Young event adds categories, considers more after season closes
When a handful of Catholic High alumni got together six years ago, the idea was to carry their allegiance to their school steps beyond their Baton Rouge campus, beyond the Men’s Club annual steak dinner, golf tournaments and big-ticket auction affairs.
And they wanted to do something outside of the school’s August through May calendar. That meant the summer. Fun was mentioned, too.
And because the ties that bound them were Catholic High and a love for angling along the Louisiana coast, the equation adding old grads, summer, fun and fishing could equal only one thing, the Catholic High Alumni Fishing Rodeo.
Friday and Saturday, Moran’s Marina at Port Fourchon is the stage for the fifth-annual rodeo.
Even Chris Moran, a Redemptorist High loyalist to his marrow, has been a witness to the growth of this annual gathering and wants other high schools alumni groups to get in on the action.
Such rodeos among a handful of New Orleans area high schools has served as models for a succession of alumni fishing events in other schools across south Louisiana, and Moran would like to have more, maybe even to the point where there would be a one-time, end-of-the-summer, winner-take-all fishing competition among the high-school alumni groups.
“We all know how competitive most of these guys were
in high school. Most of them made friends playing against each other when they were teenagers, and it would be great to get them together to compete in a fishing tournament,” Moran said.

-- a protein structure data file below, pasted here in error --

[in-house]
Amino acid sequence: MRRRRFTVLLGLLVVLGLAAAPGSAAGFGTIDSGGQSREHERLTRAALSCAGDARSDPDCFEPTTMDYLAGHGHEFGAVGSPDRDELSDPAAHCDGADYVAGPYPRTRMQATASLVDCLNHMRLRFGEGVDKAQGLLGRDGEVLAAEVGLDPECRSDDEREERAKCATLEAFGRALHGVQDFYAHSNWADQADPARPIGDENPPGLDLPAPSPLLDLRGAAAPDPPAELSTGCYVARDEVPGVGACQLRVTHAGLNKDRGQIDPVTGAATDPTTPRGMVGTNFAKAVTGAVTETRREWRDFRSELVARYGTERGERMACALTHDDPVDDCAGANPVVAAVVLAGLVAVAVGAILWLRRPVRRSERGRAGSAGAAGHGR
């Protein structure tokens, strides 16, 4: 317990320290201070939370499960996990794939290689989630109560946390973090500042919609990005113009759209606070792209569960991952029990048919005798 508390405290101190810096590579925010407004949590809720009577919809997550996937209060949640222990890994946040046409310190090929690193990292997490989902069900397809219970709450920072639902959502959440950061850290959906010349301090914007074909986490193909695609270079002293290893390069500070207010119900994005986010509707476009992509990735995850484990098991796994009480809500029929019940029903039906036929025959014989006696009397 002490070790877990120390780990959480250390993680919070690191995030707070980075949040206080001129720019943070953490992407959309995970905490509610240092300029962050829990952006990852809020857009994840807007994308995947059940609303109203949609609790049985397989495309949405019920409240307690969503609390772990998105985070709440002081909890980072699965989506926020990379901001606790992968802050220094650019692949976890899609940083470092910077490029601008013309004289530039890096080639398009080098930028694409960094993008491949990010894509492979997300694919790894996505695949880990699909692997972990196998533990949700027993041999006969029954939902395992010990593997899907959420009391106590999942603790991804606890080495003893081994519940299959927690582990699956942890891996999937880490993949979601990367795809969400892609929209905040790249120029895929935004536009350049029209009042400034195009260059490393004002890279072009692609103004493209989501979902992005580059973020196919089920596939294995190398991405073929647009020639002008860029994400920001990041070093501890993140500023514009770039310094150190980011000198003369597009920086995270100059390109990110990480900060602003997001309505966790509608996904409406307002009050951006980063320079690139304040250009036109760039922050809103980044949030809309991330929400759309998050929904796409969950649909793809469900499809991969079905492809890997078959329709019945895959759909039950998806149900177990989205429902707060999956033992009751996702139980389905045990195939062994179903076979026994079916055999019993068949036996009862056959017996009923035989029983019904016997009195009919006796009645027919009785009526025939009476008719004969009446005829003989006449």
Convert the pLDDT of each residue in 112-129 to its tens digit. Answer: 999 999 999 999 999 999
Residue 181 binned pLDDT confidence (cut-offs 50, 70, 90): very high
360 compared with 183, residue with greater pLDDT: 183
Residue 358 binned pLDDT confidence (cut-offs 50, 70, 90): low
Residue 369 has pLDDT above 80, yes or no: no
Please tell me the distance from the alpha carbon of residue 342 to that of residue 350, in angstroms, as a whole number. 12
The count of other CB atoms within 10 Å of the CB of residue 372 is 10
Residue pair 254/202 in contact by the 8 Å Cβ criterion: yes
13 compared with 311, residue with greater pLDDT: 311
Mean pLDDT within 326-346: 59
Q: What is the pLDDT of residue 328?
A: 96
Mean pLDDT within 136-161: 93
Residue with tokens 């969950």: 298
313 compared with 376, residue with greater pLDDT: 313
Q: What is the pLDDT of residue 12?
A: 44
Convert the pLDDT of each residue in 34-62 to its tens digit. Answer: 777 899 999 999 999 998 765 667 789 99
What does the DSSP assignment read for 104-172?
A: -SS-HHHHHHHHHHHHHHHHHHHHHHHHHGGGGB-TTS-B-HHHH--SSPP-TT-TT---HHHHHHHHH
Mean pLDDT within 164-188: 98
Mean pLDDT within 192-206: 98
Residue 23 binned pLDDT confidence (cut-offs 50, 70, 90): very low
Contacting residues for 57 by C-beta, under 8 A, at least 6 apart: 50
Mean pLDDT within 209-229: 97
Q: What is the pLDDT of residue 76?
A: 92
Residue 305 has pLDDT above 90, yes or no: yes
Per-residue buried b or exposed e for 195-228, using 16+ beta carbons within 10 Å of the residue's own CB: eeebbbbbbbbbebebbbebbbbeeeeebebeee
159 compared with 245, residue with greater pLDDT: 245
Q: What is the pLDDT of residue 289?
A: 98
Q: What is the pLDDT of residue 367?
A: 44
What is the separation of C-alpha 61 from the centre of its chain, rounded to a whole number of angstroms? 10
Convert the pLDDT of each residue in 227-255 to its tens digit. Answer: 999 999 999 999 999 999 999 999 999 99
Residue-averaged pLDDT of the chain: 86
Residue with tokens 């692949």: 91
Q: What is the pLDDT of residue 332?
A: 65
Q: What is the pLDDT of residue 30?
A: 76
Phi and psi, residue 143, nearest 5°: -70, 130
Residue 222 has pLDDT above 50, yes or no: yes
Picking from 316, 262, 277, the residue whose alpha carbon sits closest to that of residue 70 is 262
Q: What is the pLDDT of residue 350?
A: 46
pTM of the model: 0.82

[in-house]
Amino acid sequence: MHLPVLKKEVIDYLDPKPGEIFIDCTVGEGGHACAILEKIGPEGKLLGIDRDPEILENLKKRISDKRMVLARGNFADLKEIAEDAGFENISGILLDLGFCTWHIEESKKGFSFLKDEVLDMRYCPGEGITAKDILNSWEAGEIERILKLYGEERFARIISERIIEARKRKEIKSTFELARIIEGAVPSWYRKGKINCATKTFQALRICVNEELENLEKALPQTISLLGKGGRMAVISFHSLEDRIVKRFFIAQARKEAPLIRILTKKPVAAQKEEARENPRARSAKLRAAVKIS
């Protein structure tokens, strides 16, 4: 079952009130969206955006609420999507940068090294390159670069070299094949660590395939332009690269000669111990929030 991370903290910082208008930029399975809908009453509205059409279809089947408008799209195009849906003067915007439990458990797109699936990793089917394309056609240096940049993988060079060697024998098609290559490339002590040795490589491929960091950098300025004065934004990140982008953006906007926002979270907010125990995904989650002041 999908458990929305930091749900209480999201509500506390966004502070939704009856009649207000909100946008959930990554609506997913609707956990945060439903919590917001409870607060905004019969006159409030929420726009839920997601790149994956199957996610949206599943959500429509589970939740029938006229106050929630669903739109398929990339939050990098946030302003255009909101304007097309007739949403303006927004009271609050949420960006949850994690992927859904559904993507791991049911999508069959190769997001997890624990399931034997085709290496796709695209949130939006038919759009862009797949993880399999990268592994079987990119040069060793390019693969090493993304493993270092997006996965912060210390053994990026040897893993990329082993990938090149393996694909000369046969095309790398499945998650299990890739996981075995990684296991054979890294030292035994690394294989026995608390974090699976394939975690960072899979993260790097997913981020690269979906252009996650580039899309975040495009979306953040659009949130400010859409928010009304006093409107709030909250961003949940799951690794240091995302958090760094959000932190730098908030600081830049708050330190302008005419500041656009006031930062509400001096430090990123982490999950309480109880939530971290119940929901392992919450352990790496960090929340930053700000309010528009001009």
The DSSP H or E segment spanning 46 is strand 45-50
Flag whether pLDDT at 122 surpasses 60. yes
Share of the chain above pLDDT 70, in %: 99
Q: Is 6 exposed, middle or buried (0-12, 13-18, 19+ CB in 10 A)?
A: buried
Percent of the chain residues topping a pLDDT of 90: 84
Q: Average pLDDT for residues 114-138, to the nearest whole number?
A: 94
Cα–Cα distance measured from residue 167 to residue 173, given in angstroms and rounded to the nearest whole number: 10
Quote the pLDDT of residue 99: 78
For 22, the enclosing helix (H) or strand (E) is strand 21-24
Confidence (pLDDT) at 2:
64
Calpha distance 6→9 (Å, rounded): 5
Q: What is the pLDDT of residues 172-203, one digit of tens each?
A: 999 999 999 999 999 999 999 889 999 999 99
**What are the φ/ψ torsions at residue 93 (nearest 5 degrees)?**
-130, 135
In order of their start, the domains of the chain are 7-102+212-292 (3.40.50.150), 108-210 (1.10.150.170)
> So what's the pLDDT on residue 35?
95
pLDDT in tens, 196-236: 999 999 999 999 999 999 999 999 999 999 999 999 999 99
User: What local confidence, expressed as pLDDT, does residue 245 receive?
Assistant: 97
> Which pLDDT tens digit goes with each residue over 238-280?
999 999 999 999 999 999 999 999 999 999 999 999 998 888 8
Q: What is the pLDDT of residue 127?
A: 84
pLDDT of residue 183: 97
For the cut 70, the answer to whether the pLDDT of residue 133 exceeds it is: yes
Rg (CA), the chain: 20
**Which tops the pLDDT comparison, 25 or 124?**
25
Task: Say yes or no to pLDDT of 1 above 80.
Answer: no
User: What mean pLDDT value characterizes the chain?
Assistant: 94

Not just yet: The Catholic High guys crawled before they walked, and had to take 2010 off in the wake of the BP-Deepwater Horizon oil disaster, but have speeded up their pace for this week’s rodeo.
A youth division, for anglers ages 5-16, is new this year, and the youngsters will compete in the same categories in the Rodeo Division.
For the first time, there will be prizes for the heaviest fish in each category after Friday’s first weigh-in.
There is a problem, though. Months of preparation and meetings left the rodeo committee settling on 12 categories, triggerfish among them.
But earlier this month, in a startling pronouncement, the National Marine Fisheries Service yanked gray triggerfish from the recreational fishing list and closed the season on the species through the end of the year.
The committee will meet this week to determine if another species will be added to lists that include speckled trout, redfish (16 inches to less than 27 inches long), flounder, red snapper, cobia, mangrove snapper, yellowfin tuna, bull dolphin, wahoo, white trout and blackfin tuna.
It’s possible that king mackerel will be added.
Best is that there are more prizes than species categories. These include “master angler” rig, bluewater and inshore competitions. Points are awarded for the top six entries in each of these three divisions to determine the rodeo’s top angler.
Calcutta contests are offered in speckled trout, redfish, mangrove snapper and offshore grand slam categories. Teams can enter $50 or $100 Calcutta pots or both with teams (six anglers maximum) putting together their five heaviest speckled trout, five heaviest mangrove snapper, three heaviest redfish measuring at least 16 inches but less than 27 inches and the heaviest combined weight of tuna, wahoo and bull dolphin.
Entry deadline for the Calcuttas is midnight Thursday.
There’s a $60 rodeo entry fee that includes meals Friday and Saturday and liquid refreshments.
Registration will be at a “captain’s meeting” 5 p.m. to 7:30 p.m. Tuesday at the Catholic High Student Union on the Hearthstone Drive campus. Anglers also can register beginning at 6 p.m. Thursday at Moran’s Marina.
Weigh-in hours are 5 p.m. to 7 p.m. Friday and 2 p.m. to 6 p.m. Saturday.
Fishing begins at 5:30 a.m. Friday.